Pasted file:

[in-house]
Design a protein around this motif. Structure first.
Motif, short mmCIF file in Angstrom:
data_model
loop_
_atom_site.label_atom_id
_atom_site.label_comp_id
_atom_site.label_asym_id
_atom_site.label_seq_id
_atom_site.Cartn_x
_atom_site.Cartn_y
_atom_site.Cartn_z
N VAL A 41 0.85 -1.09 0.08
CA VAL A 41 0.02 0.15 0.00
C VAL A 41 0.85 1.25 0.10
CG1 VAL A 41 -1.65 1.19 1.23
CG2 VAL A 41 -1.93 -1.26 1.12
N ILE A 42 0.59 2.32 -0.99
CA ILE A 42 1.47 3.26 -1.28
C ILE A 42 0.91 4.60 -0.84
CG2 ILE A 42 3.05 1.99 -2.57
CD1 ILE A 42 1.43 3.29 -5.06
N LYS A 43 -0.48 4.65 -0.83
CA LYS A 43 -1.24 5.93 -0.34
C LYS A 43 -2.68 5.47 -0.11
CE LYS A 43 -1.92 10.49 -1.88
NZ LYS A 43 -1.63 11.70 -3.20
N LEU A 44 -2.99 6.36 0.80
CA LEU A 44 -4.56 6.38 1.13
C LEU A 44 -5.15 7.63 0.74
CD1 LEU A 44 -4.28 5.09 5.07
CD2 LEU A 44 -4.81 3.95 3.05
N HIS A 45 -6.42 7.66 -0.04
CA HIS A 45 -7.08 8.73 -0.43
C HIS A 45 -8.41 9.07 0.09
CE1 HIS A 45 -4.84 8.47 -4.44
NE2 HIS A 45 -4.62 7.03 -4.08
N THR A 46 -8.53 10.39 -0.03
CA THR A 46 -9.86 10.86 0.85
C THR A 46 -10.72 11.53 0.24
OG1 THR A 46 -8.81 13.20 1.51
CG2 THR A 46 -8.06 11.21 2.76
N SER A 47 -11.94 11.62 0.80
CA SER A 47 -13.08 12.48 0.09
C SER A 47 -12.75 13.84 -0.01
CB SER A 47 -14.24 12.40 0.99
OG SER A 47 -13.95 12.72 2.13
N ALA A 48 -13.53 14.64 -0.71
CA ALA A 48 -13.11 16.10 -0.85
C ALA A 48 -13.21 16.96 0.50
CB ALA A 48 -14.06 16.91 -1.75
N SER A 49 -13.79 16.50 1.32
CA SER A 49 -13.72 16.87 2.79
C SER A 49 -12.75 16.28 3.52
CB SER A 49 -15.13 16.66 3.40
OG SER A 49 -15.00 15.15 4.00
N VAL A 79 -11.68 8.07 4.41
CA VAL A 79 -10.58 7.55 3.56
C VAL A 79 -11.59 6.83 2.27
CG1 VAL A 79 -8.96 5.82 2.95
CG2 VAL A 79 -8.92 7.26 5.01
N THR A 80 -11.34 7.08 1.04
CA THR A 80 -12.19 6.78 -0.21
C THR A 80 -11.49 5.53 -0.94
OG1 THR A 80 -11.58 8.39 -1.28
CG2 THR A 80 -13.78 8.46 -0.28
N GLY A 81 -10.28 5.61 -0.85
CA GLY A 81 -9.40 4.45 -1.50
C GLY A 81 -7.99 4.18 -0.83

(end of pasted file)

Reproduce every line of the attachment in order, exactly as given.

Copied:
[in-house]
Design a protein around this motif. Structure first.
Motif, short mmCIF file in Angstrom:
data_model
loop_
_atom_site.label_atom_id
_atom_site.label_comp_id
_atom_site.label_asym_id
_atom_site.label_seq_id
_atom_site.Cartn_x
_atom_site.Cartn_y
_atom_site.Cartn_z
N VAL A 41 0.85 -1.09 0.08
CA VAL A 41 0.02 0.15 0.00
C VAL A 41 0.85 1.25 0.10
CG1 VAL A 41 -1.65 1.19 1.23
CG2 VAL A 41 -1.93 -1.26 1.12
N ILE A 42 0.59 2.32 -0.99
CA ILE A 42 1.47 3.26 -1.28
C ILE A 42 0.91 4.60 -0.84
CG2 ILE A 42 3.05 1.99 -2.57
CD1 ILE A 42 1.43 3.29 -5.06
N LYS A 43 -0.48 4.65 -0.83
CA LYS A 43 -1.24 5.93 -0.34
C LYS A 43 -2.68 5.47 -0.11
CE LYS A 43 -1.92 10.49 -1.88
NZ LYS A 43 -1.63 11.70 -3.20
N LEU A 44 -2.99 6.36 0.80
CA LEU A 44 -4.56 6.38 1.13
C LEU A 44 -5.15 7.63 0.74
CD1 LEU A 44 -4.28 5.09 5.07
CD2 LEU A 44 -4.81 3.95 3.05
N HIS A 45 -6.42 7.66 -0.04
CA HIS A 45 -7.08 8.73 -0.43
C HIS A 45 -8.41 9.07 0.09
CE1 HIS A 45 -4.84 8.47 -4.44
NE2 HIS A 45 -4.62 7.03 -4.08
N THR A 46 -8.53 10.39 -0.03
CA THR A 46 -9.86 10.86 0.85
C THR A 46 -10.72 11.53 0.24
OG1 THR A 46 -8.81 13.20 1.51
CG2 THR A 46 -8.06 11.21 2.76
N SER A 47 -11.94 11.62 0.80
CA SER A 47 -13.08 12.48 0.09
C SER A 47 -12.75 13.84 -0.01
CB SER A 47 -14.24 12.40 0.99
OG SER A 47 -13.95 12.72 2.13
N ALA A 48 -13.53 14.64 -0.71
CA ALA A 48 -13.11 16.10 -0.85
C ALA A 48 -13.21 16.96 0.50
CB ALA A 48 -14.06 16.91 -1.75
N SER A 49 -13.79 16.50 1.32
CA SER A 49 -13.72 16.87 2.79
C SER A 49 -12.75 16.28 3.52
CB SER A 49 -15.13 16.66 3.40
OG SER A 49 -15.00 15.15 4.00
N VAL A 79 -11.68 8.07 4.41
CA VAL A 79 -10.58 7.55 3.56
C VAL A 79 -11.59 6.83 2.27
CG1 VAL A 79 -8.96 5.82 2.95
CG2 VAL A 79 -8.92 7.26 5.01
N THR A 80 -11.34 7.08 1.04
CA THR A 80 -12.19 6.78 -0.21
C THR A 80 -11.49 5.53 -0.94
OG1 THR A 80 -11.58 8.39 -1.28
CG2 THR A 80 -13.78 8.46 -0.28
N GLY A 81 -10.28 5.61 -0.85
CA GLY A 81 -9.40 4.45 -1.50
C GLY A 81 -7.99 4.18 -0.83